For the analyses of each potential pre-
dictor, we excluded participants who had
missing information on that particular
variable. Except for annual family income
(410 participants [14%] were missing this
information), 020 participants (1%)
were missing information for all variables.
Analyses
Statistical analyses were performed using
the SPSS version 8.0 for Windows soft-
ware package (SPSS, Chicago, IL) (16).
Analysis of variance for multiple depen-
dent variables by one or more factor vari-
ables was used to assess differences in
fasting glucose and HbA
1c
between diag
-
nosed and undiagnosed diabetic partici-
pants. A
2
test was used to assess
differences in prevalence of diabetes be-
tween different race and sex groups. Lo-
gistic regression analysis was used to
assess associations between potential pre-
dictors and (un)diagnosed diabetes (ver-
sus no diabetes), after adjusting for age,
sex, and race. Risk factors for diagnosed
diabetes are presented so that direct com-
parison with risk factors for undiagnosed
diabetes is possible. To calculate the num-
ber needed to screen (NNTS) to identify
one individual with undiagnosed diabetes
in each individual subgroup, the number
of undiagnosed plus nondiabetic subjects
was divided by the number of undiag-
nosed diabetic subjects.
RESULTS The prevalence of diabe-
tes, using the 1980 1985 WHO criteria,
was highest in black men (31.8%) com-
pared with white men and women (P
0.001 versus white men and women) (Ta-
ble 1). White women had the lowest prev-
alence of diabetes (15.3%; P 0.001
versus other subgroups), which was al-
most half the prevalence in black women
(27.8%). The prevalence of undiagnosed
diabetes was not signicantly different in
white women (7.4%) compared with
black women (6.2%). The prevalence of
undiagnosed diabetes was similar among
white and black men (9.1%). Additional
analyses, using the fasting 1997 ADA cri-
teria, revealed that the total prevalence of
diabetes was 4 6% lower than the 1985
WHO criteria (Table 1). The prevalence
of undiagnosed diabetes was again higher
in men (white men 5.1%, black men
5.3%) than in women (white women
1.5%, black women 2.8%).
The association of age, race, sex, and
site with diagnosed and undiagnosed di-
abetes (according to the 1985 WHO cri-
teria) compared with no diabetes was
assessed in a multivariate logistic regres-
sion model. Compared with women, men
had a higher risk of both diagnosed and
undiagnosed diabetes. Black race was
strongly and signicantly associated with
a higher risk of diagnosed diabetes, inde-
pendent of age and sex (Table 2). Race
was not signicantly associated with un-
diagnosed diabetes.
In subsequent multivariate logistic re-
gression analyses adjusted for age, race,
and sex, the risk of having diagnosed di-
abetes decreased with increasing years of
education, increasing income levels, and
increasing use of alcohol (Table 3). The
Undiagnosed diabetes
2066 DIABETES CARE, VOLUME 24, NUMBER 12, DECEMBER 2001
risk of having diagnosed diabetes was
positively associated with access to a doc-
tor for health care, hospitalization during
the last year, history of hypertension, his-
tory of cardiovascular disease, and in-
creasing quartiles of BMI and waist
circumference. The risk of having undiag-
nosed diabetes was positively associated
with a history of hypertension and in-
creasing BMI and waist circumference
quartiles. In a multivariate model includ-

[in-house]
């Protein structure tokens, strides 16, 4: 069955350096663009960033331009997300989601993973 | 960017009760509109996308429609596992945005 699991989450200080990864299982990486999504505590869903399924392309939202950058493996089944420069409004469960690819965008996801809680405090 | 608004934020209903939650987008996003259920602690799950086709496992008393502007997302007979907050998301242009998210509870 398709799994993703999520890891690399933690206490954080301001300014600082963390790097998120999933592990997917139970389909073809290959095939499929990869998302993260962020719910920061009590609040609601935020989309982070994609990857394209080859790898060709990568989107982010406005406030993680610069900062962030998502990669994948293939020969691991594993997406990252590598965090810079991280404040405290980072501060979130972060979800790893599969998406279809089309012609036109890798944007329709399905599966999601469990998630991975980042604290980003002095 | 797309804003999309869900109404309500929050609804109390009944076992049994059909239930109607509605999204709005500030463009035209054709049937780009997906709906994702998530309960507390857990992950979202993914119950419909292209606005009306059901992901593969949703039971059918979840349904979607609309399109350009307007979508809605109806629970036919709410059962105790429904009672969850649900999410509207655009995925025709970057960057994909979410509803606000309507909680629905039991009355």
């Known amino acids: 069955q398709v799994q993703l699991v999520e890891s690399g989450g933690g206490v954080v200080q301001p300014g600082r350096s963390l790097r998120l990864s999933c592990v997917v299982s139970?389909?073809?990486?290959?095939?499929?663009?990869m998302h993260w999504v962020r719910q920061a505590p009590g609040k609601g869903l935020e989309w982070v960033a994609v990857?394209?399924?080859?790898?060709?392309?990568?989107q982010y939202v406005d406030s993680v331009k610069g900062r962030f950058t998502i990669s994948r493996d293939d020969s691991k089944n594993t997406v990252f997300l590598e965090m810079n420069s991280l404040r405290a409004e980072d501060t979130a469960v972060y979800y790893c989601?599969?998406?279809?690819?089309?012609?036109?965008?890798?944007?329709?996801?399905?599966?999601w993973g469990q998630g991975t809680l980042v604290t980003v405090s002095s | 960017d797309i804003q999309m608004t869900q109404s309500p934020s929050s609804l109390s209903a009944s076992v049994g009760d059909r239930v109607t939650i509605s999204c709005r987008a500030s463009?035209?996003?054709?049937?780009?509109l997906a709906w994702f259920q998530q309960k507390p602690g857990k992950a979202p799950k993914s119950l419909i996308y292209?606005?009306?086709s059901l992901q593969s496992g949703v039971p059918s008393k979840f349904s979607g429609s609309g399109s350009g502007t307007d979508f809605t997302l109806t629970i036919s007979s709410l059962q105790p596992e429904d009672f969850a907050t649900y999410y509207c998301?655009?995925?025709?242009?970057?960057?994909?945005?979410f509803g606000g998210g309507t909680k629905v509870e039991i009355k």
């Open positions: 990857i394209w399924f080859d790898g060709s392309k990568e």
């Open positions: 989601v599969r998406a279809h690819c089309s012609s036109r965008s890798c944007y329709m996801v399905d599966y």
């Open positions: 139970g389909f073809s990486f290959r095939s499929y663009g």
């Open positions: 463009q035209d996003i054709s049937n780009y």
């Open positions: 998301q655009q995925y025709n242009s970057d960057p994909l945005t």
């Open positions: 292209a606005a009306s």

ing age, race, sex, history of hypertension,
BMI, and circumference, only male sex
(odds ratio 1.4, 95% CI 1.11.9) and his-
tory of hypertension (1.5, 1.12.0) were
signicantly associated with undiagnosed
diabetes.
The results were virtually unchanged
when the same multivariate logistic re-
gression analyses were performed using
the 1997 ADA fasting glucose criteria
(data not shown). Applying these criteria,
men were at even higher risk for having
undiagnosed diabetes (odds ratio 2.8,
95% CI 1.8 4.3) than women. In addi-
tion, using the 1985 WHO fasting criteria
(fasting glucose 7.8 mmol/l) without
using the OGTT, the same risk factors for
undiagnosed diabetes were again identi-
ed. The prevalence of diabetes was
17.5%.
Comparing race and sex groups, the
NNTS to identify one person with undi-
agnosed diabetes was lowest in black men
(8.5) and signicantly lower than the
NNTS in black women (12.6; P 0.02)
and white women (12.4; P 0.03) (Table
1). Furthermore, small NNTS were found
among people with a history of hyperten-
sion (8.7) and those in the highest quar-
tiles of BMI (6.9) or waist circumference
(6.8). Consequently, combinations of
these risk factors result in lower NNTS
(Fig. 1). Because the prevalence of undi-
agnosed diabetes was 4 6% lower using
the 1997 ADA criteria, the calculated
NNTS was signicantly higher in all sub-
groups (Table 1).
CONCLUSIONS The present
study shows that diabetes remains undi-
agnosed in approximately one-third of all
older individuals. In this study of health-
ier older adults, men, individuals with a
history of hypertension, and individuals
with high BMI and large waist circumfer-
ence were at highest risk of having undi-
agnosed diabetes. Screening for diabetes
may be more efcient among these sub-
groups, especially among individuals
with combinations of these risk factors, in
which the NNTS to identify one undiag-
nosed diabetic was lowest.
The prevalence of diabetes in this
study was similar to estimates reported in
NHANES III (9). Overall, American mi-
norities were more frequently affected by
diabetes, but the racial difference de-
clined in older age groups. Indeed, 22.7%
Table 1Prevalence of diagnosed diabetes, undiagnosed diabetes, and NNTS according to 1985 WHO criteria and 1997 ADA criteria,
stratified by race and sex
Total
(n 2,950)